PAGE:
The problem with finding and deleting your dead links is that maybe you still want to keep the web page information it connected to. More often than not, if you go to their home page and then search on the website, you will find that the same page has simply been moved to a different location. Your link is not dead…..it just simply needs to be updated.

    As for this program, other people may find this program useful, but I have no need to carry around my entire collection of internet links. I just copy onto a jump drive the few I need, if I’m going to be someplace else.

  3. Peter

    I use as my home page an html file I wrote. It is a table with a button in each cell being a hyperlink to a different URL. It is arranged in categories and each link can be selected with a single click. It takes a few seconds to add a new link to a URL, but it works with any browser with any operating system, including portable devices.

  4. Giovanni

    Hey Ashraf!

    These 2 apps can do the same for FREE:

    http://fav-links.org/Bookmark_Manager/Home
    http://scottyeatscode.blogspot.ro/2013/03/pagenotes.html

    But what if your bookmarks were dead or their URL web pages have been changed? Big headache, right? Wrong:

    http://www.getactualbookmarks.com/en

    Then, if you need a powerful bookmark manager, enabling you to organize webpages by assigning a particular image, name, and description, then look no further and download this brand new FREE & PORTABLE app:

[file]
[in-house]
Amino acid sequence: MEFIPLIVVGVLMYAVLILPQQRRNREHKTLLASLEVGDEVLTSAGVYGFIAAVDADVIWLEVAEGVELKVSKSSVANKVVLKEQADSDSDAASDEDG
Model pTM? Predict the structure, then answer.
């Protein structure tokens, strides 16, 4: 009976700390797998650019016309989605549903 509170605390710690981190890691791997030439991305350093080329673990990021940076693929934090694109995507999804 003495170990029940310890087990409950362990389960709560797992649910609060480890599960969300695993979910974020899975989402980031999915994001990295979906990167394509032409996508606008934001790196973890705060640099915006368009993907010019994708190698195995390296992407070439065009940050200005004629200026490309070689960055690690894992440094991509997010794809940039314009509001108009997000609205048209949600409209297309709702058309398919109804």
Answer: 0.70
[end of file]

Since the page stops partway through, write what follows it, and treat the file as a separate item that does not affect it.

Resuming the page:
http://www.softpedia.com/get/Internet/Bookmark-Managers/feelDweb.shtml

    And to backup & restore an entire profile folder (bookmarks, addons, cookies, passwords, security settings etc…) of pretty much any browsers available on the market:

    http://www.softpedia.com/get/System/Back-Up-and-Recovery/Hekasoft-Backup-Restore.shtml

    Enjoy!

  5. Ashraf
    Author/Mr. Boss

    [@Jeanjean] Welcome!

    [@thegreenwizard] Welcome! Um, try Linkman Lite http://www.outertech.com/en/bookmark-manager or URL Gather http://download.cnet.com/URL-Gather/3000-2370_4-10524652.html.

    [@Mr.Dave] Welcome! You actually can import from browser into LinkCollector, delete duplicate links/dead links, then export out to HTML. You can then import that HTML file to your browser. Although this whole process is a chore and not worth it.

    [@jayesstee] Thanks! Good program. We should review it.

    [@Mr.Dave] Let us know how it goes. I’ve added AM DeadLink to the review link.

  6. Mr.Dave

    Good review, thanks. I see great value in this program for removing duplicate and dead-URL bookmarks, but from the writeup I don’t see the point. If I can only synch with two or more browsers (not one) then how would I get the cleaned-up list sent back to Firefox only, to replace the bookmarks in Firefox?

    I use Chrome for a small number of light, quick-hit things and don’t really want ALL my bookmarks stored there for fears it will down Chrome and force it to use more memory.

    I’ve got thousands of bookmarks in Firefox and I’m sure at least half are no longer valid and many others are duplicates. Can anyone recommend good tools to clean out the junk in Firefox?

    Also, since this a GiveawayOfTheDay offer today, it won’t keep up with any changes in bookmark storage techniques in the browsers….

  7. thegreenwizard

    Thanks for the infos. I wonder what other program (free) could do the same? I’m interested, but reading the commentaries in GOTD I’m not sure I want exactely this one, even free. Some advices?
    Thanks